• Danny Sullivan

    I feel your pain. I’ve had to pay that fee myself :)

  • erik yuzwa

    Who better to comment on confusing marketing practices than Microsoft Marketing?

  • Carl Belken

    I had a hotmail account that was stolen even though I had a strong password. Getting help from microsoft is a joke. Their help pages take you around in circles. I filed for account recovery and provided all the info they asked for. They keep sending e-mails back that say I did not send enough info. Had an actual live person read them my account would have been recovered. That’s OK. I’ll just stick with Google. I like g-mail better anyway.

  • Александр Саглаев

    Спасибо,статья супер посмотрите мой блог может подскажите как его улучшить советы пишите в коменты.

  • Steve Pederson

    I’ve decided to go google free. It wasn’t the privacy changes as much as google plus. The combination of all my web behavior being correlated with my social networking (in other words very real) identity was just too creepy for me. Why not just avoid g+? Well I am avoiding it today. But one joins social networks for social reasons–I left myspace for fb because my friends did. So if my world moves to g+ I will too. And just in case I want to deny google my other data.

    Here’s the thing I discovered: going google free is actually kinda fun. It feels good. But don’t go MS… find the other companies out there. There are lots of choices on the web. And not going with the big market leader who everyone uses by default feels nice. Okay, so maybe mapquest is part of AOL. It still feels fresh and different. Duck Duck Go was started by ONE GUY who simply promised not to track you. You’ve gotta love that. The web is an open and free place. It’s easy to just say no to google.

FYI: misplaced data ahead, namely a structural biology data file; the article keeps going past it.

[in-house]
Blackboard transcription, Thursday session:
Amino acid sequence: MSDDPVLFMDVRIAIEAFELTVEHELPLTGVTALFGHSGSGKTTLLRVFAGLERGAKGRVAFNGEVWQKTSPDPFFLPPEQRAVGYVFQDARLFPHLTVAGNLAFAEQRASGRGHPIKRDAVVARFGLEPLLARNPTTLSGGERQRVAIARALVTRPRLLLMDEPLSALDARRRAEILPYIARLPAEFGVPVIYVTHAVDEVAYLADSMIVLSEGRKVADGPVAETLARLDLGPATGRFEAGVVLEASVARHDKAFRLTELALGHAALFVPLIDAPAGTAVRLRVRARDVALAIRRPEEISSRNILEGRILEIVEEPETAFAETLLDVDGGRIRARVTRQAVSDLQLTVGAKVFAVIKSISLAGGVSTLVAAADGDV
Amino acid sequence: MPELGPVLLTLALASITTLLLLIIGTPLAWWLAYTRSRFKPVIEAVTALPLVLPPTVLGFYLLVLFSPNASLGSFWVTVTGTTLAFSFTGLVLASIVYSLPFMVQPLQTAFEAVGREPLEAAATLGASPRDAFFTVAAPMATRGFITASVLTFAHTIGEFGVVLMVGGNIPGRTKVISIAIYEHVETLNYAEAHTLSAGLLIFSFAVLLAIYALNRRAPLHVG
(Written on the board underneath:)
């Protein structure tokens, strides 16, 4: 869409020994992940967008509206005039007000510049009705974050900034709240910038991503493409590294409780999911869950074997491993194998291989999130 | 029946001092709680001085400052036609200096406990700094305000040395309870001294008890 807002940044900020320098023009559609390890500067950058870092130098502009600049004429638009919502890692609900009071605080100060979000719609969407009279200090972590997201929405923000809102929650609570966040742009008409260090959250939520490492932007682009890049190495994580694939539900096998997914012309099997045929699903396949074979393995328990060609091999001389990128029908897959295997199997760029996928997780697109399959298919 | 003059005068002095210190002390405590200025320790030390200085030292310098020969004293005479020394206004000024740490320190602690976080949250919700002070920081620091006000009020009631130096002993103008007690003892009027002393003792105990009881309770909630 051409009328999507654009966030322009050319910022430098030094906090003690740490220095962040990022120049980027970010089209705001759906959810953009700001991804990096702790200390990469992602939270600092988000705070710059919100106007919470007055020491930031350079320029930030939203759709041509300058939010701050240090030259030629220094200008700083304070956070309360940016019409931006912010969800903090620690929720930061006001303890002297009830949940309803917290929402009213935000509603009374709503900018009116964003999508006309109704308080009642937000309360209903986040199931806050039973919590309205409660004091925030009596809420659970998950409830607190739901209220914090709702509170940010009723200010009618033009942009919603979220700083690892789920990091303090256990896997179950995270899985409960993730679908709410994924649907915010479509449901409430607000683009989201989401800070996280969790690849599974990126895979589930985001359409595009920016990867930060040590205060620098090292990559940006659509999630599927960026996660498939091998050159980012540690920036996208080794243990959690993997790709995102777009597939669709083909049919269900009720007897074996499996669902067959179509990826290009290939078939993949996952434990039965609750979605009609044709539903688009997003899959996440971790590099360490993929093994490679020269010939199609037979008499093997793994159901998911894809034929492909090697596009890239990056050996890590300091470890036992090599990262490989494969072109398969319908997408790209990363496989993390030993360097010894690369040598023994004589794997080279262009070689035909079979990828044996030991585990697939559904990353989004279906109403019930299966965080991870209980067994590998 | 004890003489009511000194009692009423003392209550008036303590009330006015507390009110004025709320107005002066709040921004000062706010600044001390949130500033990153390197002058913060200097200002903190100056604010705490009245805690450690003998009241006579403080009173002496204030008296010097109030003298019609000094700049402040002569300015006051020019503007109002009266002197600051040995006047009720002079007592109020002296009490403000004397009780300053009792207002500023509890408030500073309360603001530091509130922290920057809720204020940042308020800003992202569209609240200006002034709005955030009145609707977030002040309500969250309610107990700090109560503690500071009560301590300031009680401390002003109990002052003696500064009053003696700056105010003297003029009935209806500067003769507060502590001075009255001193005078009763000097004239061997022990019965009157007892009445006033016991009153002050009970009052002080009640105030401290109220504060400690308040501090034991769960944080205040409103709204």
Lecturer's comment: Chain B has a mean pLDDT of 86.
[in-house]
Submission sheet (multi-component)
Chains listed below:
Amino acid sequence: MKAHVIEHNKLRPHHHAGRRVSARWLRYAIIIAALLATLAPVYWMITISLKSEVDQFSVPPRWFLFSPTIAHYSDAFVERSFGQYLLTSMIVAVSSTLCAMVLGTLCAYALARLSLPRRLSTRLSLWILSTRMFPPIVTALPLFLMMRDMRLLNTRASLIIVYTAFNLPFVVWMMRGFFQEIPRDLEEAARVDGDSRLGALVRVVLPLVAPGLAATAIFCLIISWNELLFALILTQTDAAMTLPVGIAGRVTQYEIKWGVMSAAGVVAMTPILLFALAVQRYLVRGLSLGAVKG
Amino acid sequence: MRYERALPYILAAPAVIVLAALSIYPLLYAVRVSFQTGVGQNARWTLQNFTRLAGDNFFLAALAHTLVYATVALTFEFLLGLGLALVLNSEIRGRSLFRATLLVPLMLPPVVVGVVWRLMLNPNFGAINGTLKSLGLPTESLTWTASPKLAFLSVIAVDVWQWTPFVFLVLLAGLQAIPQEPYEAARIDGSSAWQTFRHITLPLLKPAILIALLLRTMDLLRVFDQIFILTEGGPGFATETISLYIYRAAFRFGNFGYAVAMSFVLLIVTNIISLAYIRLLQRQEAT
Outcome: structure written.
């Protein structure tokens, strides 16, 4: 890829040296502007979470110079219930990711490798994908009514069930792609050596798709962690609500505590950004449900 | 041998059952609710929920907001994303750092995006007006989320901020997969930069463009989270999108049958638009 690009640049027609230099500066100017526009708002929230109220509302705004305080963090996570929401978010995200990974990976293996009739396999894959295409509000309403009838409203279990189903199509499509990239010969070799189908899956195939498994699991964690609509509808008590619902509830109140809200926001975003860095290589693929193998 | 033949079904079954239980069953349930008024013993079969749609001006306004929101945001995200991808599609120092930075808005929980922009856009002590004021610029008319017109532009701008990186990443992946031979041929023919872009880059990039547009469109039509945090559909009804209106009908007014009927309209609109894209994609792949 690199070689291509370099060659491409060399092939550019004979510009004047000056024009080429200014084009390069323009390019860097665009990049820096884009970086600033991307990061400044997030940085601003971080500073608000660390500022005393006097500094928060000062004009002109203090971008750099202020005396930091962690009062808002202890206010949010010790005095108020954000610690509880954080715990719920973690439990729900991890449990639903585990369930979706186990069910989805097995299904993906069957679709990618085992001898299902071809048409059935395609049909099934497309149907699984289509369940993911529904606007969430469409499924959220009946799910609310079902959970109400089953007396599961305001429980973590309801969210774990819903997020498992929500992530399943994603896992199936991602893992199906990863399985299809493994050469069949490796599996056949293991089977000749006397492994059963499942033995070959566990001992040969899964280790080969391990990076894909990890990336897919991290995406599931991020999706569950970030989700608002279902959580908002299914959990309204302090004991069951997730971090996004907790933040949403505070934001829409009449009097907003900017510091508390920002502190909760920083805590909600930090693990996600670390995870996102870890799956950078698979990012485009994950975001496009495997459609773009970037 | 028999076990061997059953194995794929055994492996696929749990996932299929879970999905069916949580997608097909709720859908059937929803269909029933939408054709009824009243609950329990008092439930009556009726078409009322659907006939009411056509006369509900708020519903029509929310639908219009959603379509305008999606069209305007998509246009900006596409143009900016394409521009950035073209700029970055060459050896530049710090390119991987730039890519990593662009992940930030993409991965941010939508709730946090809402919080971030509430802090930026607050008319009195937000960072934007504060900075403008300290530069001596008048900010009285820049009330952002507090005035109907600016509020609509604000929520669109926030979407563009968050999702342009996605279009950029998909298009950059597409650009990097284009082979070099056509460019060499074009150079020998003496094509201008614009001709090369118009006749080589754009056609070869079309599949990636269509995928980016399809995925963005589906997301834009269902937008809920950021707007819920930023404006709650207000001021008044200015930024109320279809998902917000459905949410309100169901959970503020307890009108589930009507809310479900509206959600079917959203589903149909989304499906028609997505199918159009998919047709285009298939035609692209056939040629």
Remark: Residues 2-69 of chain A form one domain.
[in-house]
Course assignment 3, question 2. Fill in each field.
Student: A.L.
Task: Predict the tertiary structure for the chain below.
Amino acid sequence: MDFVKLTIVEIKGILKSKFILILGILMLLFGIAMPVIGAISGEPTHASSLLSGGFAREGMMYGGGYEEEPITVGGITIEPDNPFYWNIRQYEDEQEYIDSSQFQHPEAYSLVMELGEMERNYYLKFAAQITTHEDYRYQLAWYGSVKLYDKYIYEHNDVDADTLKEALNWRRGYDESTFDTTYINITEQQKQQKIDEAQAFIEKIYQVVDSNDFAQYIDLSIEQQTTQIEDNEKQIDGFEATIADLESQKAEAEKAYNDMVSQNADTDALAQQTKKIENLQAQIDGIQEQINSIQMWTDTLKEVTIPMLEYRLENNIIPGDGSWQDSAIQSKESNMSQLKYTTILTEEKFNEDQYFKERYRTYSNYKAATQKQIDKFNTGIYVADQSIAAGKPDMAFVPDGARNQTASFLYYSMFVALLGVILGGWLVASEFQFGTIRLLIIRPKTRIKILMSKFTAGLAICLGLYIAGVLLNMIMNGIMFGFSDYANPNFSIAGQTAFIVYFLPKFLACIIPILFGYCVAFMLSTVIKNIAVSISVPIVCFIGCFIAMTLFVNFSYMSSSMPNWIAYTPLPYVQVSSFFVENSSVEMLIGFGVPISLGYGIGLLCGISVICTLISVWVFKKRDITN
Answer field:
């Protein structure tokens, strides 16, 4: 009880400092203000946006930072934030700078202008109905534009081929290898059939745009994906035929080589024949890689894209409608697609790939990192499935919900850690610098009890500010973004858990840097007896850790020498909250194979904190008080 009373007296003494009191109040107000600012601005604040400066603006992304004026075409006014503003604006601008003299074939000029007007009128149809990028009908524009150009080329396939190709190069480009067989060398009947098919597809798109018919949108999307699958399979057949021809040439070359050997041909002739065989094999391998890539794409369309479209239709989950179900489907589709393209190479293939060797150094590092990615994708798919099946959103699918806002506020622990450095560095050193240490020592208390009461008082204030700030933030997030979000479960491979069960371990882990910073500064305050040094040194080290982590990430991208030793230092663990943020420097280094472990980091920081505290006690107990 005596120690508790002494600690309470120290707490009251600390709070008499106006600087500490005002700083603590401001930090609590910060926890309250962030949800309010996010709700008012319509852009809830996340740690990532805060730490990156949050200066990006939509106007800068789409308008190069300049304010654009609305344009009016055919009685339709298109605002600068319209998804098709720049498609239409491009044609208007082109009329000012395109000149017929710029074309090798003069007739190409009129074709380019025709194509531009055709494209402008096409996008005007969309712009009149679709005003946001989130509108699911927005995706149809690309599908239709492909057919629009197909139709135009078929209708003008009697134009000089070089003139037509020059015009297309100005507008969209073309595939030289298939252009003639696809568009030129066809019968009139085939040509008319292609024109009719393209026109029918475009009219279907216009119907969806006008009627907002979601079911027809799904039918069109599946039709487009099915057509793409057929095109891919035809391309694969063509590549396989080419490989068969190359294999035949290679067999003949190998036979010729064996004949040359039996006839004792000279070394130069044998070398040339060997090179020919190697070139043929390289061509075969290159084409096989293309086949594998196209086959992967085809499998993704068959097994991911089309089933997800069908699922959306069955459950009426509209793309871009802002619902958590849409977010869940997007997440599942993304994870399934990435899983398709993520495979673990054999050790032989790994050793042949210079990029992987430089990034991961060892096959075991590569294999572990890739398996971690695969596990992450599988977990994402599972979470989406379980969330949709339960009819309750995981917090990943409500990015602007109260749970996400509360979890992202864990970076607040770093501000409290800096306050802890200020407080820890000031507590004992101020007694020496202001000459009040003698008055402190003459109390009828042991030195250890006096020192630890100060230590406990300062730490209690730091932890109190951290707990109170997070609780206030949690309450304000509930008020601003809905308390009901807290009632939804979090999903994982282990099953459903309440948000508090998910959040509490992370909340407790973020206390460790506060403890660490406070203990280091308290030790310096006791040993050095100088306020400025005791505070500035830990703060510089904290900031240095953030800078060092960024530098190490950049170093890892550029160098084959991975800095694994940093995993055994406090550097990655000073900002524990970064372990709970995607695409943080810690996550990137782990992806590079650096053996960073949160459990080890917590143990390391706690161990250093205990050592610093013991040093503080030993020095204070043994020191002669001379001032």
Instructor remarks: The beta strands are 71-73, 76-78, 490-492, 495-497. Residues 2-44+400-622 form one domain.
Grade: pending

• sixstorm1

    Having a strong password doesn’t prevent an attacker from stealing the password from you, keylogging you, or from you writing your password in a fake Hotmail site. If your Hotmail account was hacked, it is because someone got your password in a certain way without you knowing it They did not stole your account by hacking Microsoft’s servers, this is impossible. Also, keep in mind that Hotmail is a free service, so they do not have to provide support, and Gmail’s help is much more terrible. Chances from getting help from a real person is close to none.

Get Our News, Everywhere!

Daily Email:

Follow Marketing Land on Twitter @marketingland Like Marketing Land on Facebook Follow Marketing Land on Google+ Subscribe to Our Feed! Join our LinkedIn Group Check out our Tumblr! See us on Pinterest


Click to watch SMX conference video

Join us at one of our SMX or MarTech events:

United States


Australia & China

Learn more about: SMX | MarTech

Free Daily Marketing News!

Marketing Day is a once-per-day newsletter update - sign up below and get the news delivered to you!